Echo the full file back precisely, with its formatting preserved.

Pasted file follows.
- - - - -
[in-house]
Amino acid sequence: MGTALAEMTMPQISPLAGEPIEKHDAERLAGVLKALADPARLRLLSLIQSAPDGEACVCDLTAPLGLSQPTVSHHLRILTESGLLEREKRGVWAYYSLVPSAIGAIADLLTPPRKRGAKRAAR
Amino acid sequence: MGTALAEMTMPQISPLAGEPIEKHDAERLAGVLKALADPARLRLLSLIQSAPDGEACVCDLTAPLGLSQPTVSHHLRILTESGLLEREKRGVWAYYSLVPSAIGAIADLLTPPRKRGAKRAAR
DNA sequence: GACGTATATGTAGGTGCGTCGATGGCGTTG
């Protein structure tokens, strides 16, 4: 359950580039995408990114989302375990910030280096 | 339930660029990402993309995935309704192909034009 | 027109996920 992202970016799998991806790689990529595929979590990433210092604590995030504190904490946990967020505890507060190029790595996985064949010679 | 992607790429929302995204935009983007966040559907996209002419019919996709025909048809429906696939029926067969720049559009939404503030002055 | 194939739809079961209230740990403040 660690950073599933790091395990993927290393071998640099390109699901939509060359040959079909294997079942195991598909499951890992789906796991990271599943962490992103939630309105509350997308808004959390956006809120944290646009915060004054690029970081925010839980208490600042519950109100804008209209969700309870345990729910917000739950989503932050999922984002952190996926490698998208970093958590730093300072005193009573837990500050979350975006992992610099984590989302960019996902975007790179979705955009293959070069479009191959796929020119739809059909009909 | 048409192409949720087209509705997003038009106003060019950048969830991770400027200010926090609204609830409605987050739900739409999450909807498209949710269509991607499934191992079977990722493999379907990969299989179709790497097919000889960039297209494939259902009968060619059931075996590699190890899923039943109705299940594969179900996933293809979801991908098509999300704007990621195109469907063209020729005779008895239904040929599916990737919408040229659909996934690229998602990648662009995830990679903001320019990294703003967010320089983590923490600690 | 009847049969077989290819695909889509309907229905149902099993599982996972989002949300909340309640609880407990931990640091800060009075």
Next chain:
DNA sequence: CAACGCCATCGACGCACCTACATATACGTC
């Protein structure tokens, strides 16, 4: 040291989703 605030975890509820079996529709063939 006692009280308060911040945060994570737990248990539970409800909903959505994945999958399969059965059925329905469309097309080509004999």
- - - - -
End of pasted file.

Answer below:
[in-house]
Amino acid sequence: MGTALAEMTMPQISPLAGEPIEKHDAERLAGVLKALADPARLRLLSLIQSAPDGEACVCDLTAPLGLSQPTVSHHLRILTESGLLEREKRGVWAYYSLVPSAIGAIADLLTPPRKRGAKRAAR
Amino acid sequence: MGTALAEMTMPQISPLAGEPIEKHDAERLAGVLKALADPARLRLLSLIQSAPDGEACVCDLTAPLGLSQPTVSHHLRILTESGLLEREKRGVWAYYSLVPSAIGAIADLLTPPRKRGAKRAAR
DNA sequence: GACGTATATGTAGGTGCGTCGATGGCGTTG
């Protein structure tokens, strides 16, 4: 359950580039995408990114989302375990910030280096 | 339930660029990402993309995935309704192909034009 | 027109996920 992202970016799998991806790689990529595929979590990433210092604590995030504190904490946990967020505890507060190029790595996985064949010679 | 992607790429929302995204935009983007966040559907996209002419019919996709025909048809429906696939029926067969720049559009939404503030002055 | 194939739809079961209230740990403040 660690950073599933790091395990993927290393071998640099390109699901939509060359040959079909294997079942195991598909499951890992789906796991990271599943962490992103939630309105509350997308808004959390956006809120944290646009915060004054690029970081925010839980208490600042519950109100804008209209969700309870345990729910917000739950989503932050999922984002952190996926490698998208970093958590730093300072005193009573837990500050979350975006992992610099984590989302960019996902975007790179979705955009293959070069479009191959796929020119739809059909009909 | 048409192409949720087209509705997003038009106003060019950048969830991770400027200010926090609204609830409605987050739900739409999450909807498209949710269509991607499934191992079977990722493999379907990969299989179709790497097919000889960039297209494939259902009968060619059931075996590699190890899923039943109705299940594969179900996933293809979801991908098509999300704007990621195109469907063209020729005779008895239904040929599916990737919408040229659909996934690229998602990648662009995830990679903001320019990294703003967010320089983590923490600690 | 009847049969077989290819695909889509309907229905149902099993599982996972989002949300909340309640609880407990931990640091800060009075």
Next chain:
DNA sequence: CAACGCCATCGACGCACCTACATATACGTC
């Protein structure tokens, strides 16, 4: 040291989703 605030975890509820079996529709063939 006692009280308060911040945060994570737990248990539970409800909903959505994945999958399969059965059925329905469309097309080509004999």